29 January 2010

One-Line and All-Copy-Paste Posts

I've said this in tweets more than once and I'll say it again here:

I really, REALLY dislike one-line blog posts that say nothing, such as "You should read this" - without telling me why; or provide only a link, e.g., "Go." - again without saying why; or are composed entirely of the writing of others, except to introduce it with something like "Jane Doe writes..." Too many posts like that - there are bloggers who 'write' these posts almost exclusively to their blog - and I don't visit that blog again.

It's bad form for so much content to be copy/paste, even if linked. It's no more fair to news organizations to re-use their work in that way than it is to swipe the work of other bloggers to build up your own readership.

Have Daphne and I written one-liners or posts almost entirely of others' work? You betcha.

But that's not our modus operandi on this or our other blogs. Moreover, in the case of virtually a full post of copy/paste, it is done with permission of the original authors. With one-liners, the content makes their brevity self-explanatory.

There's nothing wrong with using excerpts, subject to appropriate acknowledgement such as linking. One of my favourite bloggers uses excerpts extensively, together with connecting-the-dots prose. The latter makes the post the blogger's own and tells a compelling tale.

Perhaps some bloggers are unaware that what they do is annoying and off-putting and in the case of extensive copy/paste, more than likely a violation of copyright laws. However, there are bloggers whose backgrounds suggest they should know better.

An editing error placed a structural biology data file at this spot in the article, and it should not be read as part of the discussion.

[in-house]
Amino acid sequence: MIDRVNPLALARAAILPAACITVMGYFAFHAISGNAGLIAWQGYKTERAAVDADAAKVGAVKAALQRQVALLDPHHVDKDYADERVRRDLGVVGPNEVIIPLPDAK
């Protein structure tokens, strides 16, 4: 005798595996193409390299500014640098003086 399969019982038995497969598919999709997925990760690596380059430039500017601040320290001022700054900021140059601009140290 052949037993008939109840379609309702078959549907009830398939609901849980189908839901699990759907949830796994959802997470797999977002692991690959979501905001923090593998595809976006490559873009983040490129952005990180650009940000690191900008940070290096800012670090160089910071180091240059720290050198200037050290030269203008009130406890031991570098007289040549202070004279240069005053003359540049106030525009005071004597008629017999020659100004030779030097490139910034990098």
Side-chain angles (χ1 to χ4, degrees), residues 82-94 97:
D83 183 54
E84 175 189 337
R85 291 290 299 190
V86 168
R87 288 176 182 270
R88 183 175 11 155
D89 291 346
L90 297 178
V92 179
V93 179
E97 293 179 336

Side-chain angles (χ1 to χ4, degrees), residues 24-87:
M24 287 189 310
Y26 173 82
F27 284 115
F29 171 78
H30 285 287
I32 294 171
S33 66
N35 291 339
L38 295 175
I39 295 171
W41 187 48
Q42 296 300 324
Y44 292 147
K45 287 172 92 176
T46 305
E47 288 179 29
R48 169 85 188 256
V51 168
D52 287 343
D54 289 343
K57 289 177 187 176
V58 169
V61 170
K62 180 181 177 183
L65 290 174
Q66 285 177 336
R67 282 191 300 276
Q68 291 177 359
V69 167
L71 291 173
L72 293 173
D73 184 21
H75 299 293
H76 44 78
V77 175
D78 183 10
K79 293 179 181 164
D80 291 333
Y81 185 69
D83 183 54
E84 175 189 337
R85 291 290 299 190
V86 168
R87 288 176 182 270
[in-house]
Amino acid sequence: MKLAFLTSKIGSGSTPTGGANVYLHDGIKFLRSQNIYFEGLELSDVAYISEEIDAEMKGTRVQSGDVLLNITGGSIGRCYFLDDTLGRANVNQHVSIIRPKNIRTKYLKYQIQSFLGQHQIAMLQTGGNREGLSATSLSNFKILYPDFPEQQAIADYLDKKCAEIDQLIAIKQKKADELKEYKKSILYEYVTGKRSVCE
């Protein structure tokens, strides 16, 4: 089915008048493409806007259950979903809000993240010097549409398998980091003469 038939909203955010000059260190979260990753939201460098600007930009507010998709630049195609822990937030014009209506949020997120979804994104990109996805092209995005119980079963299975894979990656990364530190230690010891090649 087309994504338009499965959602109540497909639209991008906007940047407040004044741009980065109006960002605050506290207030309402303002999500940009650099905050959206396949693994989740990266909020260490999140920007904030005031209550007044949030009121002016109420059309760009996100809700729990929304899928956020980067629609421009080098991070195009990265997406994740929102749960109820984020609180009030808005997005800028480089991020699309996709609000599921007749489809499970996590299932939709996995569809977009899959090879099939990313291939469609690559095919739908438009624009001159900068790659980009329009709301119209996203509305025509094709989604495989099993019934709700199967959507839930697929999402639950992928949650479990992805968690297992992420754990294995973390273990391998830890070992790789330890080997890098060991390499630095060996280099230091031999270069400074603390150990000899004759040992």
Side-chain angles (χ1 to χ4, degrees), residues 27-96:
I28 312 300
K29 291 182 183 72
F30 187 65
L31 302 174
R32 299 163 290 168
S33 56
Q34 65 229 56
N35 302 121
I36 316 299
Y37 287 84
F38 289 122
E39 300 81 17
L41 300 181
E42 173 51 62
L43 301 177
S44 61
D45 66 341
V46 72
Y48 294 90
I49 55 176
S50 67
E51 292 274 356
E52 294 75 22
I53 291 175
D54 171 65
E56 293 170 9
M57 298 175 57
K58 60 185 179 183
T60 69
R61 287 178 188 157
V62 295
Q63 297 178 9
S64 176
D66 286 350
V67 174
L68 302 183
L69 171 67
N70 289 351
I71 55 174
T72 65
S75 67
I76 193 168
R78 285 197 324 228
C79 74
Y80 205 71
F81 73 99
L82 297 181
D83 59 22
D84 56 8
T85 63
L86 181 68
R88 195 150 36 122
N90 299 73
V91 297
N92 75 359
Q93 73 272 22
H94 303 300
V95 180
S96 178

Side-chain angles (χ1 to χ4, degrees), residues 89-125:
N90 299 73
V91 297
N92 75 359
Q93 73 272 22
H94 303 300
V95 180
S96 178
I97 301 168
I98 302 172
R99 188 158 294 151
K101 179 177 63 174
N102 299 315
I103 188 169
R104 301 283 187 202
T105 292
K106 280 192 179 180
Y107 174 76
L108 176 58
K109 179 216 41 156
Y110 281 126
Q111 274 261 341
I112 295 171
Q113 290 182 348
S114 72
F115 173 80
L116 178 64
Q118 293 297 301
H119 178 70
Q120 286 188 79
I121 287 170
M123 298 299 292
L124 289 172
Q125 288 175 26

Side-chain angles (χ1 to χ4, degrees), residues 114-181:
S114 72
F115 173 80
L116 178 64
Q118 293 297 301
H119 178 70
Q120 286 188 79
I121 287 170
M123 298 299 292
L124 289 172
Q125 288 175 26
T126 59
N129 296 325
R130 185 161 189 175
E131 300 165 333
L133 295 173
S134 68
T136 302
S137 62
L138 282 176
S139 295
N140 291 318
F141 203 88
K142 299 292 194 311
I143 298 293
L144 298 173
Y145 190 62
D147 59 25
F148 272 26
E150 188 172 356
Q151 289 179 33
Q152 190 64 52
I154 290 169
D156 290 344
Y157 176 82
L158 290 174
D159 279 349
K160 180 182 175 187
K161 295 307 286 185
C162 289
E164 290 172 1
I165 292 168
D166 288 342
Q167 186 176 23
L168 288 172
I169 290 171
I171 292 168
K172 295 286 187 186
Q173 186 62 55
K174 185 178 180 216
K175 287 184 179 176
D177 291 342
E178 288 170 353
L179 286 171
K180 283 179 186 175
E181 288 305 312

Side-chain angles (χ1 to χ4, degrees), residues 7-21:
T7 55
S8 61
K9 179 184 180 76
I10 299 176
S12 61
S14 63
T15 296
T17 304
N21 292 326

NB: On fair dealing in copyright law: "In deciding whether copying is fair dealing, the courts have determined that the relevant factors to be considered include the length of the excerpts used, the relative importance and quality of the excerpts used, and whether a copy is made for academic or commercial purposes. Fair dealing usually involves copying only a reasonable portion of a work."

About three years ago, an academic wrote a book in which huge portions of Policies of Exclusion, Poverty & Health were used. I'd been advised he'd violated my copyright, despite his acknowledgement of the source. It was particularly galling given the people who were behind the WISE book - 21 women in poverty. This is another case in which ownership matters.

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